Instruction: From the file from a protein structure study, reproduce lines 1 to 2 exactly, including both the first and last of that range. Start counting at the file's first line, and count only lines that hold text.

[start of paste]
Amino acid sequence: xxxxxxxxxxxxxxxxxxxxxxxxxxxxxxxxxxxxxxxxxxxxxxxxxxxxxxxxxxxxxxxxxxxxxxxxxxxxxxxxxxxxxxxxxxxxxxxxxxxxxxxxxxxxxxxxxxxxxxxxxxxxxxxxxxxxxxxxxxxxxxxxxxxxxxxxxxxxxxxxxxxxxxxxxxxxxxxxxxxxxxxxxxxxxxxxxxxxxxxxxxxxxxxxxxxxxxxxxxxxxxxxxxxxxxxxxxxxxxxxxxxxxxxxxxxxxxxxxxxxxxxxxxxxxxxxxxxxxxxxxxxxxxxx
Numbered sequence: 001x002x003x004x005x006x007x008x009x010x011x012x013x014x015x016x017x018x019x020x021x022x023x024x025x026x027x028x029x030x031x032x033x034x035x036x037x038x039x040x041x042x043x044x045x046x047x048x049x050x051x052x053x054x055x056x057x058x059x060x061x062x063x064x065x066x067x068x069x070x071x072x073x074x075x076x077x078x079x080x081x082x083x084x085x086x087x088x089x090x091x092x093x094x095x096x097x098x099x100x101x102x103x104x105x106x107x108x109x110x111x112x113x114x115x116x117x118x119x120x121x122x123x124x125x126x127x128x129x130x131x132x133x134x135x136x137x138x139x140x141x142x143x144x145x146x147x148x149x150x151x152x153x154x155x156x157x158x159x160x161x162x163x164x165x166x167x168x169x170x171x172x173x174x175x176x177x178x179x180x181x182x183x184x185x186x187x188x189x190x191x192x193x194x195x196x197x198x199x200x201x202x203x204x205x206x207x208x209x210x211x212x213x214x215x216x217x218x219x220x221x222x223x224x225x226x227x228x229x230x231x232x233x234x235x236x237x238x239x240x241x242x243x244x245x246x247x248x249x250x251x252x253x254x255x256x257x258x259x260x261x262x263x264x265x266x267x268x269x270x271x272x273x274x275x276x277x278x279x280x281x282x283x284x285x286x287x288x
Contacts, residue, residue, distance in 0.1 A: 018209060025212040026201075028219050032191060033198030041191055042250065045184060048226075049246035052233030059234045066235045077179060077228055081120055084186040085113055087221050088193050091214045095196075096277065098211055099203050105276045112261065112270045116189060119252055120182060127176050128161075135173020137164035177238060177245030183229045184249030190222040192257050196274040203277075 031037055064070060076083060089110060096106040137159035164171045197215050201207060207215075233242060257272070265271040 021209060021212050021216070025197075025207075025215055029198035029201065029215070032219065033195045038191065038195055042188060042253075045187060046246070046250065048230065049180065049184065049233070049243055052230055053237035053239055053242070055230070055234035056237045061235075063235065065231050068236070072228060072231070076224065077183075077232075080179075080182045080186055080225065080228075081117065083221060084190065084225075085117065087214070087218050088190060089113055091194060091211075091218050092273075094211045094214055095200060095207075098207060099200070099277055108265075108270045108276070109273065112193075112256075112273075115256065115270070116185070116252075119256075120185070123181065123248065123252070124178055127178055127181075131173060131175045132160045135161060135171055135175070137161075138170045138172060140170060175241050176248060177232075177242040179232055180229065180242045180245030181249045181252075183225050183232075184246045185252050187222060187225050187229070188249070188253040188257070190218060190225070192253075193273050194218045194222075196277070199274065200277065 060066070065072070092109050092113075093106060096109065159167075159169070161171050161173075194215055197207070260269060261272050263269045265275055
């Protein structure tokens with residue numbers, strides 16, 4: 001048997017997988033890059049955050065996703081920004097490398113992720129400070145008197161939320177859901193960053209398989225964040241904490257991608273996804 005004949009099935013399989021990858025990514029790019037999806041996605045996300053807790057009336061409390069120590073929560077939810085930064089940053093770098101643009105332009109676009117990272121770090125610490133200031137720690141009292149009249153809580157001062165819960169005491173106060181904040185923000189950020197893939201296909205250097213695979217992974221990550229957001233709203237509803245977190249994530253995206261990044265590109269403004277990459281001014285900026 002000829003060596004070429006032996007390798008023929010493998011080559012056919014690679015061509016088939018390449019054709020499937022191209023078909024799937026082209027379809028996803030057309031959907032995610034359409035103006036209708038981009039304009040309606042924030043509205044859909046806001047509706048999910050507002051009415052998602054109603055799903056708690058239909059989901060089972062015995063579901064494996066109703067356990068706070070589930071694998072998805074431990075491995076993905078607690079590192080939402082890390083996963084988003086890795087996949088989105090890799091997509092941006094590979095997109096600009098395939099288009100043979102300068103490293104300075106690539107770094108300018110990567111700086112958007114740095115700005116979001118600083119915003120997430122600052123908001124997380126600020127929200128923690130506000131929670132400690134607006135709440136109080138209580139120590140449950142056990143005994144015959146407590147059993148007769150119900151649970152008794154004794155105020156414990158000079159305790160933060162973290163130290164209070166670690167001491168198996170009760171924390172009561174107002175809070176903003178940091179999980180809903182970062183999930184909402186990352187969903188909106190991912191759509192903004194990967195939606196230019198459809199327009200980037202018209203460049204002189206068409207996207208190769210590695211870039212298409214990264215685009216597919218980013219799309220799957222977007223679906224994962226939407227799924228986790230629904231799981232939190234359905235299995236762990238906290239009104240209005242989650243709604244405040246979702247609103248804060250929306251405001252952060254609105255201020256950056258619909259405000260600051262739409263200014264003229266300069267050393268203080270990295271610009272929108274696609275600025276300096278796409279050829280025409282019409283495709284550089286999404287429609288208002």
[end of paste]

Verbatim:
Amino acid sequence: xxxxxxxxxxxxxxxxxxxxxxxxxxxxxxxxxxxxxxxxxxxxxxxxxxxxxxxxxxxxxxxxxxxxxxxxxxxxxxxxxxxxxxxxxxxxxxxxxxxxxxxxxxxxxxxxxxxxxxxxxxxxxxxxxxxxxxxxxxxxxxxxxxxxxxxxxxxxxxxxxxxxxxxxxxxxxxxxxxxxxxxxxxxxxxxxxxxxxxxxxxxxxxxxxxxxxxxxxxxxxxxxxxxxxxxxxxxxxxxxxxxxxxxxxxxxxxxxxxxxxxxxxxxxxxxxxxxxxxxxxxxxxxxx
Numbered sequence: 001x002x003x004x005x006x007x008x009x010x011x012x013x014x015x016x017x018x019x020x021x022x023x024x025x026x027x028x029x030x031x032x033x034x035x036x037x038x039x040x041x042x043x044x045x046x047x048x049x050x051x052x053x054x055x056x057x058x059x060x061x062x063x064x065x066x067x068x069x070x071x072x073x074x075x076x077x078x079x080x081x082x083x084x085x086x087x088x089x090x091x092x093x094x095x096x097x098x099x100x101x102x103x104x105x106x107x108x109x110x111x112x113x114x115x116x117x118x119x120x121x122x123x124x125x126x127x128x129x130x131x132x133x134x135x136x137x138x139x140x141x142x143x144x145x146x147x148x149x150x151x152x153x154x155x156x157x158x159x160x161x162x163x164x165x166x167x168x169x170x171x172x173x174x175x176x177x178x179x180x181x182x183x184x185x186x187x188x189x190x191x192x193x194x195x196x197x198x199x200x201x202x203x204x205x206x207x208x209x210x211x212x213x214x215x216x217x218x219x220x221x222x223x224x225x226x227x228x229x230x231x232x233x234x235x236x237x238x239x240x241x242x243x244x245x246x247x248x249x250x251x252x253x254x255x256x257x258x259x260x261x262x263x264x265x266x267x268x269x270x271x272x273x274x275x276x277x278x279x280x281x282x283x284x285x286x287x288x